9. Nordic Council of MinistersSeminar on disability and user involvement
  10. Nordic Council of MinistersInternational appetite for Nordic food policies
  11. Nordic Council of MinistersNew Nordic Innovation House in Hong Kong
  12. Nordic Council of MinistersNordic Region has chance to become world leader when it comes to start-ups

Latest News

  1. 'No evidence' ECB bond-buying helped euro economy
  2. Juncker: Orban should leave Europe's centre-right
  3. College of Europe alumni ask rector to cut Saudi ties
  4. EU says Hungary's anti-Juncker campaign is fake news
  5. Trump right for once: Europe should take back foreign fighters
  6. EU should clarify rules for plant burgers and lab meat
  7. Italian populists could be second biggest force in EU parliament
  8. Merkel defends Russia ties, ridicules Trump on cars

Stakeholders' Highlights

  1. Nordic Council of MinistersTheresa May: “We will not be turning our backs on the Nordic region”
  2. International Partnership for Human RightsOpen letter to Emmanuel Macron ahead of Uzbek president's visit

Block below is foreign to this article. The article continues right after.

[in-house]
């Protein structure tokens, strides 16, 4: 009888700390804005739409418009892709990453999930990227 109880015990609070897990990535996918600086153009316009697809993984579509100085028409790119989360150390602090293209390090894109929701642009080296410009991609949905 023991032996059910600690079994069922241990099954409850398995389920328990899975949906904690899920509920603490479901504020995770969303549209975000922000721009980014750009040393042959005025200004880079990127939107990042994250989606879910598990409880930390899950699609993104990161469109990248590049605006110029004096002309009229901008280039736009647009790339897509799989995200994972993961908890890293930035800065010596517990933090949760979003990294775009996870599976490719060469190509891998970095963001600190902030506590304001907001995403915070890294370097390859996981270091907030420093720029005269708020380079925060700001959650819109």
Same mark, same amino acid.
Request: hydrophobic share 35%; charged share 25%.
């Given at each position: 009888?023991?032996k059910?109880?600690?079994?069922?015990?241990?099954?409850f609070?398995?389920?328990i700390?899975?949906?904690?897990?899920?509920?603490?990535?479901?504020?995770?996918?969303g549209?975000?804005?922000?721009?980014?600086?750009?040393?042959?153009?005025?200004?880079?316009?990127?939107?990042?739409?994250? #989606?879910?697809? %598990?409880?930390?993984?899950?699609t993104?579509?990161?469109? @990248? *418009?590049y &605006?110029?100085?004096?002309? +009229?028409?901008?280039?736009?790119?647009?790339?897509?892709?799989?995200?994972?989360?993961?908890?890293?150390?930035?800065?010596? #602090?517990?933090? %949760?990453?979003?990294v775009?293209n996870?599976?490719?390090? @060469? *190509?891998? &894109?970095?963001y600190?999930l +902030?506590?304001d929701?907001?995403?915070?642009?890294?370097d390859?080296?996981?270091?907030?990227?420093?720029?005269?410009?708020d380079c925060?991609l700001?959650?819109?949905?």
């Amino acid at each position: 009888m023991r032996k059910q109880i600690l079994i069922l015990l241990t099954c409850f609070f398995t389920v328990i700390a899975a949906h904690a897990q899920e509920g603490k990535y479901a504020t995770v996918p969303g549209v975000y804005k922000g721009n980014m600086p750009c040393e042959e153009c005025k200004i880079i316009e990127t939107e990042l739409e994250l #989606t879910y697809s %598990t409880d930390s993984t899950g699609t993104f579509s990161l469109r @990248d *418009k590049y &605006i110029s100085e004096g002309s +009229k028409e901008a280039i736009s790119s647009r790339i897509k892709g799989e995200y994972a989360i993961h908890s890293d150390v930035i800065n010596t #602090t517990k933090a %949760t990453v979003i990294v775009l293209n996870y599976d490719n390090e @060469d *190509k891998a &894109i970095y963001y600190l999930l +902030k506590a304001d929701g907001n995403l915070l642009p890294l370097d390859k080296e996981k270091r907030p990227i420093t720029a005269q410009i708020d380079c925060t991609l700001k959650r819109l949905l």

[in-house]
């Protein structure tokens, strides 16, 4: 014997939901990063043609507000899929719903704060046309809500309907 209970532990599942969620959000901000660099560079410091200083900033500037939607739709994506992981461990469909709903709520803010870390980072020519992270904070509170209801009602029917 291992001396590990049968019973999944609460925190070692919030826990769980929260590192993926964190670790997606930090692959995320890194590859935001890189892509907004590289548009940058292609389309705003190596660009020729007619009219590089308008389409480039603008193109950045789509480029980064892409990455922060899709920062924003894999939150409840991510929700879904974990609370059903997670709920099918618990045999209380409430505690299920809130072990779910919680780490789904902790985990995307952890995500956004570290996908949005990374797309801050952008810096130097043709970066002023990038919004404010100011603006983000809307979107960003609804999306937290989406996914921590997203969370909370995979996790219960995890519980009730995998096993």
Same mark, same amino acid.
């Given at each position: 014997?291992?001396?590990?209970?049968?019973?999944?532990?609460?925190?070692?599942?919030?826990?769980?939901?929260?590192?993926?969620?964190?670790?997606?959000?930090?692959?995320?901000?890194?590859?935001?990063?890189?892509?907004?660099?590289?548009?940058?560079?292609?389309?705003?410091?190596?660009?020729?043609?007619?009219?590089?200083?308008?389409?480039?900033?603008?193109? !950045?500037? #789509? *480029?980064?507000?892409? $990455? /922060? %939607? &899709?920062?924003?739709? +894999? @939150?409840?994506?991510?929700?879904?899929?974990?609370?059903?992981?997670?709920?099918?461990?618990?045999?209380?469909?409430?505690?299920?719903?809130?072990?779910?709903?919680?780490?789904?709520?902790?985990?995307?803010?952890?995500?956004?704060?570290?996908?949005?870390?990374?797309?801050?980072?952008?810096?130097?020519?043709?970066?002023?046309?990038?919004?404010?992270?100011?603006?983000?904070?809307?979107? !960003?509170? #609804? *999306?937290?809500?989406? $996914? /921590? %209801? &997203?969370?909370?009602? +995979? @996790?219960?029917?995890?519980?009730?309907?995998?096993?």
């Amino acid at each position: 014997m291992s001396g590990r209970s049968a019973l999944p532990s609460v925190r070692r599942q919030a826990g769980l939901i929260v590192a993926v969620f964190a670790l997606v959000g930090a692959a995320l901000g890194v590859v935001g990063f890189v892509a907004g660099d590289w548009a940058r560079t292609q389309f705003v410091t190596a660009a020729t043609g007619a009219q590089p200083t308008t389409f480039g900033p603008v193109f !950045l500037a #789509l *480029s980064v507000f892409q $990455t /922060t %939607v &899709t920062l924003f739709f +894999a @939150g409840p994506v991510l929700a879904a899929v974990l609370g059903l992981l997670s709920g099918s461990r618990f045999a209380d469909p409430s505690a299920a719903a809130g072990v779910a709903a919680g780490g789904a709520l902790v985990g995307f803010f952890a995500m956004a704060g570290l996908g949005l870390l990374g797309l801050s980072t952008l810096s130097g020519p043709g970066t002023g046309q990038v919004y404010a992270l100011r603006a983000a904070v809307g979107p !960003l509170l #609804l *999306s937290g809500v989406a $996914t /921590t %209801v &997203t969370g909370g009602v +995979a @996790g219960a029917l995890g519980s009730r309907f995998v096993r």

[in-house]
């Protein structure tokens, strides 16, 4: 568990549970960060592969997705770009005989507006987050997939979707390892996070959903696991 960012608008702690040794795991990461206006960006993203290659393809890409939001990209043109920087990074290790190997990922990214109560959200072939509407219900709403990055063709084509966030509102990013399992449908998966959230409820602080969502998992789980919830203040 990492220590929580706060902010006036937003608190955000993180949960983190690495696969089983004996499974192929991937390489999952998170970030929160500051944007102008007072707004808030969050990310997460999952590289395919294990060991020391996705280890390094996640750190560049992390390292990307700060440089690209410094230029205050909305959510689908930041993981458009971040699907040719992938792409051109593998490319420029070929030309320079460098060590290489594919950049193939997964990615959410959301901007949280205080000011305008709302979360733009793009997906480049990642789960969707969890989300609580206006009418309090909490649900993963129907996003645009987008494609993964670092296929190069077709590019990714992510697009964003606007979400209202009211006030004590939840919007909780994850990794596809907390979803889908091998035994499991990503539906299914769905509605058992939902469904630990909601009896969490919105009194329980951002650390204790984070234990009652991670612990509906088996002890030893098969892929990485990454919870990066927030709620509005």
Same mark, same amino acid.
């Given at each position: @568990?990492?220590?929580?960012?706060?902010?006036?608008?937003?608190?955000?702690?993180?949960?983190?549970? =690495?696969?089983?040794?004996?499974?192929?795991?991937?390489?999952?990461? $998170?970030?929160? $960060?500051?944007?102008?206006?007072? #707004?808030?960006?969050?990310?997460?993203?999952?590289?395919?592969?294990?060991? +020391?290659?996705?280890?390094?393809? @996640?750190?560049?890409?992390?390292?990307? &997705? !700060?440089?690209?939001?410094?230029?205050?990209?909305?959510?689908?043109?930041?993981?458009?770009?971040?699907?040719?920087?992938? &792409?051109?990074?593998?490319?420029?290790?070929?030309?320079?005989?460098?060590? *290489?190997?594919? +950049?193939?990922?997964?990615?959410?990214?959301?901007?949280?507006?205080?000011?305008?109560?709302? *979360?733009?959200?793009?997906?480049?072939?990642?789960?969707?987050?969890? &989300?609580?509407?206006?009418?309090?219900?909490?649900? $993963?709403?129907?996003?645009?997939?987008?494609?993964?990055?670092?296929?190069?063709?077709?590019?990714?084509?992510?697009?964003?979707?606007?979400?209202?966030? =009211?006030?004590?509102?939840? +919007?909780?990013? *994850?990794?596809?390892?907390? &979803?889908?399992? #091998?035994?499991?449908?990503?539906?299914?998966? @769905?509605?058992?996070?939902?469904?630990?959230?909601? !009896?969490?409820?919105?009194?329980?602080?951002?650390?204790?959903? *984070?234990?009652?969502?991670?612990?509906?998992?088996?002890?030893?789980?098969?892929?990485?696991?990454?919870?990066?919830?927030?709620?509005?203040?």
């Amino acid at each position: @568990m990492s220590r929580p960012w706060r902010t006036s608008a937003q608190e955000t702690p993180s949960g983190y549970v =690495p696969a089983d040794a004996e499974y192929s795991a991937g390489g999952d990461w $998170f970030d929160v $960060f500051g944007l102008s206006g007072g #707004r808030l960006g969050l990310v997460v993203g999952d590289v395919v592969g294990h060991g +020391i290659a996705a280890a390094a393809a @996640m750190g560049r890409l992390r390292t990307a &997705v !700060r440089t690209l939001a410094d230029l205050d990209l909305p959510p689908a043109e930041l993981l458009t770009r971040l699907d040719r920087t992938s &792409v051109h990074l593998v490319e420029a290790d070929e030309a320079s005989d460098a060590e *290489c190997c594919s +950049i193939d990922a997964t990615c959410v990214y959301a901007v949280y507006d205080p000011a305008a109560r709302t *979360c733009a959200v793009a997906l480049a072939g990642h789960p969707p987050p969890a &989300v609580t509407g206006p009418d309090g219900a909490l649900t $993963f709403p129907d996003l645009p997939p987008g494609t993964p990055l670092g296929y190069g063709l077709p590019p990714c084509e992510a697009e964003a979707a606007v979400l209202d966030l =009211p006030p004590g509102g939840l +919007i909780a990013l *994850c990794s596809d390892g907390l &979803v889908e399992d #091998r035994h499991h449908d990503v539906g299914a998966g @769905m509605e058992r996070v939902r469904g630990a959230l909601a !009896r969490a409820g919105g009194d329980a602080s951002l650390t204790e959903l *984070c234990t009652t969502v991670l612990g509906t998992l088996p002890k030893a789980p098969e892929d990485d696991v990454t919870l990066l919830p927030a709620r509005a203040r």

3. International Partnership for Human RightsRaising key human rights concerns during visit of Turkmenistan's foreign minister
  4. Nordic Council of MinistersState of the Nordic Region presented in Brussels
  5. Nordic Council of MinistersThe vital bioeconomy. New issue of “Sustainable Growth the Nordic Way” out now
  6. Nordic Council of MinistersThe Nordic gender effect goes international
  7. Nordic Council of MinistersPaula Lehtomaki from Finland elected as the Council's first female Secretary General
  8. Nordic Council of MinistersNordic design sets the stage at COP24, running a competition for sustainable chairs
  9. Counter BalanceIn Kenya, a motorway funded by the European Investment Bank runs over roadside dwellers
  10. ACCACompany Law Package: Making the Best of Digital and Cross Border Mobility,
  11. International Partnership for Human RightsCivil Society Worried About Shortcomings in EU-Kyrgyzstan Human Rights Dialogue
  12. UNESDAThe European Soft Drinks Industry Supports over 1.7 Million Jobs

Join EUobserver

Support quality EU news

Join us